Why did Militarism rise in Japan before WW2? Asks George Bingham.

Why did Militarism rise in Japan before WW2?

The violent and chaotic rise of Militarism in Japan in the early 1900’s led to aggressive expansion into South East Asia and ultimately was the significant factor in the country entering into World War Two.

This was an extremely turbulent period of Japan’s history with multiple assassinations, including that of three prime ministers, and several violent revolts. The most important factor in all of this was the influence and actions of junior officers in the Imperial military.

This rise of militarism – a policy that involves a state maintaining a strong military to advance its national interest, often through Imperialism- began in Japan in the late 1920s. The combination of a rapid rise in the Japanese population and the worldwide Great Depression, triggered by the Wall Street Crash, created the perfect storm for the rise of a right wing that held the principles of Militarism in its core ideology. It was the perfect storm because the increase in population made silk exports vital and this trade was decimated by the Great Depression. As a result, there was a severe downturn in the economy which made the public turn towards more extreme political ideals. This increase in nationalistic ideals came at a time when the army had been cut to four divisions by Prime Minister Katō Takaaki and his successor, Hamaguchi, had agreed to the naval limits put in place by the London Naval Conference held in 1930. These restrictions along with a policy of moderation not only angered powerful military leaders but more notably enraged junior officers who would play a key role in the events that followed.

Junior officers were the main figures in far-right extremist terrorist groups as they had the weapons and the tactical knowledge to plan assassinations and revolts. One such group – the Black Dragon society, Kokuryūkai – assassinated Kita Ikki, a political philosopher, after he argued for the suspension of the Meji constitution, which put the military under the control of the Emperor rather than the government. These groups were ruthless and demanded aggressive expansion and the rejection of Western influence. Encouraged by the impact of the past assassinations in silencing state officials, Tomeo Sagoya, a member of an ultranationalist secret society called Aikokusha, shot Prime Minster Hamaguchi in Tokyo Station on the 14th of November 1930. Although he initially survived his wounds, the prime minister would succumb around 8 months later. Despite several egregious acts of brutality from these groups the general public did not condemn them, either because they supported the groups’ stated goal of societal and political reformation or the fear of the consequences of speaking out. There was a lack of decisive criticism from both the general public and the state. More significantly the senior military leaders, for example Tomoyuki Yamashita, never issued punishments or conducted investigations which suggests their unspoken approval of these actions.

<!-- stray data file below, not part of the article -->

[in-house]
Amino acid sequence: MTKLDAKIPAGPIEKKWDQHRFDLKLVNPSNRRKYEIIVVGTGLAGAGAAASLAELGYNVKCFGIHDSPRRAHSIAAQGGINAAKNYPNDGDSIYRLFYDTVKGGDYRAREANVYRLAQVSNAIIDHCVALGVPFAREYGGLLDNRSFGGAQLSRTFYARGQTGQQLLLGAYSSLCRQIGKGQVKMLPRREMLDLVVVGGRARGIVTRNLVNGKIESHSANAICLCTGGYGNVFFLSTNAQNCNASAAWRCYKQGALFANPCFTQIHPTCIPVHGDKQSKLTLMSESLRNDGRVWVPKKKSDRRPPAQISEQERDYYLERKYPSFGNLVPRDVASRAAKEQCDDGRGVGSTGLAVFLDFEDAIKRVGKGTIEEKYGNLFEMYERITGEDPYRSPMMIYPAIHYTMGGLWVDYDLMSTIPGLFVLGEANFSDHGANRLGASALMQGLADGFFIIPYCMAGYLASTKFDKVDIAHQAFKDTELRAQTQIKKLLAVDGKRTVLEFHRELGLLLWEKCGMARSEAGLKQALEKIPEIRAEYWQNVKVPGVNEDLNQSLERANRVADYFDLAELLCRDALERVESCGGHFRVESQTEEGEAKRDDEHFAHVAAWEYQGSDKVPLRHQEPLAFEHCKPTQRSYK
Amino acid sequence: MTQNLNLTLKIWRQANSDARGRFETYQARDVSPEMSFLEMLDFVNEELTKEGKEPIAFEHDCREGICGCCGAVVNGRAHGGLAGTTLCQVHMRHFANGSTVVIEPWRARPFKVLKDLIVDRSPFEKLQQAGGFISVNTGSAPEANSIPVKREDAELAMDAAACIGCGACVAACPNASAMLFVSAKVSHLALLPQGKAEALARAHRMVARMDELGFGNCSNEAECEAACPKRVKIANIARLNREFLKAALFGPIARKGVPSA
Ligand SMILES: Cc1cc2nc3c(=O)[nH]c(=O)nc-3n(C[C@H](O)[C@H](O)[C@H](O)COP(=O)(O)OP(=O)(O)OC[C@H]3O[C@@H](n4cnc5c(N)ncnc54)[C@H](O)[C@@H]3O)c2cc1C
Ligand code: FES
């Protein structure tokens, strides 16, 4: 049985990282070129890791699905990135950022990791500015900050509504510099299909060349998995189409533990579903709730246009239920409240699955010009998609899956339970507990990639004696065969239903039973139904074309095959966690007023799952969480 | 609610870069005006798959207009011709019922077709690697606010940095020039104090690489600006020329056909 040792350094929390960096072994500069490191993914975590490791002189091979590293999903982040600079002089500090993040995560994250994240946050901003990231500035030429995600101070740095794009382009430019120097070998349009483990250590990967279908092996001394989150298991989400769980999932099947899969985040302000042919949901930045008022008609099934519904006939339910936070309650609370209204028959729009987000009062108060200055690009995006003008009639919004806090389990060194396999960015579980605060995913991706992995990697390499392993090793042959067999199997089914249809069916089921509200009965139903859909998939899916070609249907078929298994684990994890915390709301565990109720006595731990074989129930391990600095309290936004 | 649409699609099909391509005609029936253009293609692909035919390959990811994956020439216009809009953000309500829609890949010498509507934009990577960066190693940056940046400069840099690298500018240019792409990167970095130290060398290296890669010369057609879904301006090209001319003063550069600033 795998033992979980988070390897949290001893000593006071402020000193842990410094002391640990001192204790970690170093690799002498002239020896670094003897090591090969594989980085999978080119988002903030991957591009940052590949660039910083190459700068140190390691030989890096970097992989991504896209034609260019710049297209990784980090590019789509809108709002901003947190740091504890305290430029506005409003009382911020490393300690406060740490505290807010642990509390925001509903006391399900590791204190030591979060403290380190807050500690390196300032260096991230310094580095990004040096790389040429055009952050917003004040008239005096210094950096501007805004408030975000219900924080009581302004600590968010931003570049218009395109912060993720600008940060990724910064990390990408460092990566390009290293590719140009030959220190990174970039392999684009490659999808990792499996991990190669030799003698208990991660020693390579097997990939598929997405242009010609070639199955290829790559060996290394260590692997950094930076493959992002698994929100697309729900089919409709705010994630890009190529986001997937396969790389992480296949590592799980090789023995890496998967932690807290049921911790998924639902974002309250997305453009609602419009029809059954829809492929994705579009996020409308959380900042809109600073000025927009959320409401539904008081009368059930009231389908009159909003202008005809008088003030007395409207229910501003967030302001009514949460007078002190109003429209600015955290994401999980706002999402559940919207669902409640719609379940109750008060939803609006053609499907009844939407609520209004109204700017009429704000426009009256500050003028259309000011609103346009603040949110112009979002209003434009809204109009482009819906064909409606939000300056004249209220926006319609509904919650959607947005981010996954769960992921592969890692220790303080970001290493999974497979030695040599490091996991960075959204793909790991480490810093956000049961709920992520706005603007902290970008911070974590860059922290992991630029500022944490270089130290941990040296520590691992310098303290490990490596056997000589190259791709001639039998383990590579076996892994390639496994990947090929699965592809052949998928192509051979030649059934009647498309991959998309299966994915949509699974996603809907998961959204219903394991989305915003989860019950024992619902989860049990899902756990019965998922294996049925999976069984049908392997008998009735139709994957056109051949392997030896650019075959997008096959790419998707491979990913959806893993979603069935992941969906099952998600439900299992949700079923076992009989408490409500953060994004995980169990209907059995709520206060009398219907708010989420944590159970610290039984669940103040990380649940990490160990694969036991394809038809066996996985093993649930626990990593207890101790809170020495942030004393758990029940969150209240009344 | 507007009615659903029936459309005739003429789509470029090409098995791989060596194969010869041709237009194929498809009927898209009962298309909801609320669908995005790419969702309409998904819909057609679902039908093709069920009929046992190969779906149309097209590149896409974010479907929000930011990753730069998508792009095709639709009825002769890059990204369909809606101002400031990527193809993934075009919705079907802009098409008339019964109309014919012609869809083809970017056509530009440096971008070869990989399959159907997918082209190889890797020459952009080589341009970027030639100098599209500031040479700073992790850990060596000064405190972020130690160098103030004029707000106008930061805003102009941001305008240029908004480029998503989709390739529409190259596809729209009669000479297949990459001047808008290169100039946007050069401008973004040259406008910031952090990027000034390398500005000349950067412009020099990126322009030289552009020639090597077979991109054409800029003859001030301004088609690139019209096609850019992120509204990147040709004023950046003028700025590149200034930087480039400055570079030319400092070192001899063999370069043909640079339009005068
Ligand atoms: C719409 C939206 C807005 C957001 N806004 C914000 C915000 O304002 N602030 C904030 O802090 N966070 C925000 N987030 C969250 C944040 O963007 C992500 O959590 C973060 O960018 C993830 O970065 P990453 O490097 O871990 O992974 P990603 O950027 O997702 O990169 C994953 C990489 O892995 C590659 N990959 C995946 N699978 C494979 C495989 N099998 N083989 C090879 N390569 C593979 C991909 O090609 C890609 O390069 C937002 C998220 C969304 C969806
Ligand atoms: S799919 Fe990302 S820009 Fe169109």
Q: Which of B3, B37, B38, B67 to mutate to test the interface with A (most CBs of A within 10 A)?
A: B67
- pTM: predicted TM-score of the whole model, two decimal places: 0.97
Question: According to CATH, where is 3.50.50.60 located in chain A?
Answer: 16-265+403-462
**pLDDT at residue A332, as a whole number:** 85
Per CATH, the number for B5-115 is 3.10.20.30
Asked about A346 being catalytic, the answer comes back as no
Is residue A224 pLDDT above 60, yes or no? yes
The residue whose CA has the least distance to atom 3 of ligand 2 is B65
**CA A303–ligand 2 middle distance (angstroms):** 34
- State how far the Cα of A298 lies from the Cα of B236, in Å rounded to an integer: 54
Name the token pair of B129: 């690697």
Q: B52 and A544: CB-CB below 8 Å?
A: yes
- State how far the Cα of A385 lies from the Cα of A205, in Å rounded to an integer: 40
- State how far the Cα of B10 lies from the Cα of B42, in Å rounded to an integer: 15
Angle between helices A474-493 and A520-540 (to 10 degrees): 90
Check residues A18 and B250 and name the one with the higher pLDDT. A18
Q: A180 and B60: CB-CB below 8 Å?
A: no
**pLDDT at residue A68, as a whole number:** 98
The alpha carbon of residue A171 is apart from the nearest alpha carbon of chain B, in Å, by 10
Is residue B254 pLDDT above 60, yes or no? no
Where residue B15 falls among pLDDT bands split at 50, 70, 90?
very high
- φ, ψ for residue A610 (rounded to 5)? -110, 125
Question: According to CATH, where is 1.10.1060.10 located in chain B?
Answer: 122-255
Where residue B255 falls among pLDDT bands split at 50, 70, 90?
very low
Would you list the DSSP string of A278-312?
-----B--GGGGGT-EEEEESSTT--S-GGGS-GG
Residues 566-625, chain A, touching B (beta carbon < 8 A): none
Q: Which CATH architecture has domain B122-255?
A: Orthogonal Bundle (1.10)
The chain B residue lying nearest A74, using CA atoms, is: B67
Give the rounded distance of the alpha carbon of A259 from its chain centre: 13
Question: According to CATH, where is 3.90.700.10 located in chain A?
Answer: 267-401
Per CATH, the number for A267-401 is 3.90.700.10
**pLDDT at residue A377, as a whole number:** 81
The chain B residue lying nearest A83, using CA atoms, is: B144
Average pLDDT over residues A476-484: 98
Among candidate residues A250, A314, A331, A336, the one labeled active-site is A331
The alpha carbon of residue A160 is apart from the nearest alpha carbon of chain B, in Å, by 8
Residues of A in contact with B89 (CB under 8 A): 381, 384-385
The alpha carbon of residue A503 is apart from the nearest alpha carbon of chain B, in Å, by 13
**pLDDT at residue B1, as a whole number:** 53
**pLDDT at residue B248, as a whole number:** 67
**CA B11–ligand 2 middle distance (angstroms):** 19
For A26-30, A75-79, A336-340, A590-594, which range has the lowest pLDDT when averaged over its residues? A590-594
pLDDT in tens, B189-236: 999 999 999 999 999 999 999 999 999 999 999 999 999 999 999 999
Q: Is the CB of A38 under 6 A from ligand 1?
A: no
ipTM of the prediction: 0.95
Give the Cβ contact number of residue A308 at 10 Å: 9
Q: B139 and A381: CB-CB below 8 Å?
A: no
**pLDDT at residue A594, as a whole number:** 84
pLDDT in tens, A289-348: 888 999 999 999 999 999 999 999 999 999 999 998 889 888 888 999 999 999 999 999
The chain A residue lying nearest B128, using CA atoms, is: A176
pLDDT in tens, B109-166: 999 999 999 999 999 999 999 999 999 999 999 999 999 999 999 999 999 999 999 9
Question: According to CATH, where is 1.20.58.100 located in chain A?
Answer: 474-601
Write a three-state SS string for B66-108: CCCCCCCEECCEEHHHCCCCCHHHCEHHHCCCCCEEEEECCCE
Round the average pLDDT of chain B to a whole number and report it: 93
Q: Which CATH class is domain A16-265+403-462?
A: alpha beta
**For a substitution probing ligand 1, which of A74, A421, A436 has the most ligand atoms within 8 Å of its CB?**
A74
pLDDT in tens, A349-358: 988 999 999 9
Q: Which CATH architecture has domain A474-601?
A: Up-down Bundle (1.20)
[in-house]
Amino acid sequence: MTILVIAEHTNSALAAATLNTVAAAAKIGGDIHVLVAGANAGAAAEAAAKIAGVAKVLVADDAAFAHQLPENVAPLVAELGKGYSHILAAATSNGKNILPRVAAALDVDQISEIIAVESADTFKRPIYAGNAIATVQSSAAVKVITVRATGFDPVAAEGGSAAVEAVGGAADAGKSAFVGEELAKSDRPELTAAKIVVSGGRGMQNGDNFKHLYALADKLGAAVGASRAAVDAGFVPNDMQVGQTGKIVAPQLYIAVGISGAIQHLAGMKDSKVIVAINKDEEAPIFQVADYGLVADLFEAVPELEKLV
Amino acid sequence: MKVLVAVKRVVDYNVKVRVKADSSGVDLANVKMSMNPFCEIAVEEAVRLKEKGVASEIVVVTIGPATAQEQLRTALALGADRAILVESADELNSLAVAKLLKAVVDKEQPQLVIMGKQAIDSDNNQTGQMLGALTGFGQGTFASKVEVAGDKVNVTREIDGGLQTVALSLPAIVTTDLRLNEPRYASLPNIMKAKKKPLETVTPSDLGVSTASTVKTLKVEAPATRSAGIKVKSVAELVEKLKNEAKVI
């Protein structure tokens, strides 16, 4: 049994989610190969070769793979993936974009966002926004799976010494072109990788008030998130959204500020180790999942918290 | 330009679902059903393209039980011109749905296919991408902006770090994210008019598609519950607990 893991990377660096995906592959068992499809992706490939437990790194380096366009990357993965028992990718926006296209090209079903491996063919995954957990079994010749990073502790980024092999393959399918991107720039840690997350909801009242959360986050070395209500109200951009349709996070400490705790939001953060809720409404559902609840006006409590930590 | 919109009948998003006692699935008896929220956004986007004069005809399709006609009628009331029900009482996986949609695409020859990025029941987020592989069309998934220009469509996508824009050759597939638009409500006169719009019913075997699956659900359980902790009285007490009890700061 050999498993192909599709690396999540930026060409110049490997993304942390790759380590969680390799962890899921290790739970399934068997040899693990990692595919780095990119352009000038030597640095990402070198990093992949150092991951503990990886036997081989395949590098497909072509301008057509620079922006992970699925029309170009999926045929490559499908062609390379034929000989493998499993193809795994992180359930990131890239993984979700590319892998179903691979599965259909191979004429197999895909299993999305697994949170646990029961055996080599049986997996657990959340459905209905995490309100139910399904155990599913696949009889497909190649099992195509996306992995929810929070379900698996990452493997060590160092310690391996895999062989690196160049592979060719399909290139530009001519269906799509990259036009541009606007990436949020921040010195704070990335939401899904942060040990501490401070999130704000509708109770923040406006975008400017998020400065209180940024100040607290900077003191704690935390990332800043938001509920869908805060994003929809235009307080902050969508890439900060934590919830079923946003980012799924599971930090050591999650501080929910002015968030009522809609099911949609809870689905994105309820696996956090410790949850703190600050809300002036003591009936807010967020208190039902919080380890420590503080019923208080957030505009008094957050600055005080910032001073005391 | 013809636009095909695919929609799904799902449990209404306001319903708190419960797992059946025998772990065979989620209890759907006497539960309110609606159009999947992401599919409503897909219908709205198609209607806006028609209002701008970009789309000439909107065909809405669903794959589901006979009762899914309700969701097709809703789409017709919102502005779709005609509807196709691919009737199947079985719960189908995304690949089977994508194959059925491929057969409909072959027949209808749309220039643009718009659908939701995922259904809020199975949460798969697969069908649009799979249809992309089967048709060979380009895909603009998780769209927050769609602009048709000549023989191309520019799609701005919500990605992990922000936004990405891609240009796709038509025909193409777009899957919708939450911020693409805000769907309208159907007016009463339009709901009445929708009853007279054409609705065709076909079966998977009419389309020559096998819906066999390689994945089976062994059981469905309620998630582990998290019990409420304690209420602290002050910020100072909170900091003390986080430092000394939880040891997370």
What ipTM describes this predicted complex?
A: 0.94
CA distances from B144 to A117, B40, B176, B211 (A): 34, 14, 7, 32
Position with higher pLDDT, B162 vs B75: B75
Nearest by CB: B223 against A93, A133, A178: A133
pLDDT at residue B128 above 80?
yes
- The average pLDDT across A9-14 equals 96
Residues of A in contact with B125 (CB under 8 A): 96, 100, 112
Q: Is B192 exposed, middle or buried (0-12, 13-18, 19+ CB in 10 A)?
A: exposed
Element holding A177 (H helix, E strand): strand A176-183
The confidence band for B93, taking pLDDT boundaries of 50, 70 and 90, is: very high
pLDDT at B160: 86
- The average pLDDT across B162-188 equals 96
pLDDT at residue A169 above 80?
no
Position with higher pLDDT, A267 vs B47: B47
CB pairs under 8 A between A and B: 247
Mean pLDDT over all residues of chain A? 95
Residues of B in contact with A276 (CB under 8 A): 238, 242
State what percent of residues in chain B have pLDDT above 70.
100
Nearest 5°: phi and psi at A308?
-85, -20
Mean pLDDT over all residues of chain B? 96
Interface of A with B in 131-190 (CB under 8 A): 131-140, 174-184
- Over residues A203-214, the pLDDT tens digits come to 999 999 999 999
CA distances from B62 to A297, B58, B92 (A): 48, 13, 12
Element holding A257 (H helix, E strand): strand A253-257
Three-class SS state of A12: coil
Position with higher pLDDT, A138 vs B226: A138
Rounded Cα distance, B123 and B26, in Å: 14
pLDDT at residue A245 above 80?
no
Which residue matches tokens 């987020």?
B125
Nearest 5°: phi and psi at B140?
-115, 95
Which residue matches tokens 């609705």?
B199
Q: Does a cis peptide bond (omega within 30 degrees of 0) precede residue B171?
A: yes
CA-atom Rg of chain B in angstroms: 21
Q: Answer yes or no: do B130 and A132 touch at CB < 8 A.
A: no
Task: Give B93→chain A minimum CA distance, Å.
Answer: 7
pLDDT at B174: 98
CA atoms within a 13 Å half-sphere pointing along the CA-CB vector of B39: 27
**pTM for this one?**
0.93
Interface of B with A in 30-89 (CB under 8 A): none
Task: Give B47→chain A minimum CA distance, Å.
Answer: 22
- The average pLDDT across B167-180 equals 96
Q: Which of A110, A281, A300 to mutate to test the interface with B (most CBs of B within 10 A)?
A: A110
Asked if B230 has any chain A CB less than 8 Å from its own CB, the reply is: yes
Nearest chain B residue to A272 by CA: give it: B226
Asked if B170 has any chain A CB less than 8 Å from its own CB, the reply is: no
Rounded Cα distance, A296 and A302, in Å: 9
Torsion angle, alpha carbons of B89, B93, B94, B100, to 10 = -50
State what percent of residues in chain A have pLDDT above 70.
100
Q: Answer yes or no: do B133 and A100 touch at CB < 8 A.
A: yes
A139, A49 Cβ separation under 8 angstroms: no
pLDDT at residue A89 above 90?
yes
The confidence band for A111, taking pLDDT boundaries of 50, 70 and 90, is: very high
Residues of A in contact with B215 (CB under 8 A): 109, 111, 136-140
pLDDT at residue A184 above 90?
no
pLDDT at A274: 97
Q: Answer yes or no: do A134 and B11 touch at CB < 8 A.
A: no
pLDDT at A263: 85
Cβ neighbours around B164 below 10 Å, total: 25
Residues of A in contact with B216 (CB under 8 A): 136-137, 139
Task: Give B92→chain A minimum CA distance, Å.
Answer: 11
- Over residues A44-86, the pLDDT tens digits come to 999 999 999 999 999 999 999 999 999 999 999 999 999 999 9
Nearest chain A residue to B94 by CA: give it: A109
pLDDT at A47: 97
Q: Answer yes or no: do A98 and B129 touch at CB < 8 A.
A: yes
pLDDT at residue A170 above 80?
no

This confidence that there would be no consequences to rejecting the authority of even the prime minister led to the Manchuria incident, the first noteworthy act of militant imperialism which took place on the 18th of September 1931. The Kwantung army, which protected the South Manchurian Railway, was, both geographically and politically disconnected from the Japanese government and was practically an autonomous body. This was underlined in 1928 when Chang Tso-lin, the warlord ruler of Manchuria, was murdered by Imperial Kwantung army officers in 1928 – a crime that was not even investigated. However, despite the imperialistic ambitions and militarist ideals of General Shigeru Honjō, leader of the Kwantung army, he was not prepared to attack without the appearance of being provoked. So, he engineered one.

The army claimed that Chinese soldiers had attempted to bomb a railway train on the South Manchurian Railway. This gave them the pretext to undertake a rapid invasion of Mukden and then all of Manchuria. After the Litton Report was published on the incident, the international community condemned Japan and introduced tariffs. In response, Japan left the League of Nations. This aligned Japan with the other Axis powers who had also left the league. This made them convenient allies with similar expansionist ambitions. People in Japan resented the Allies for the strict tariffs, so they welcomed the Anti-Comintern Pact, an alliance with Germany and Italy.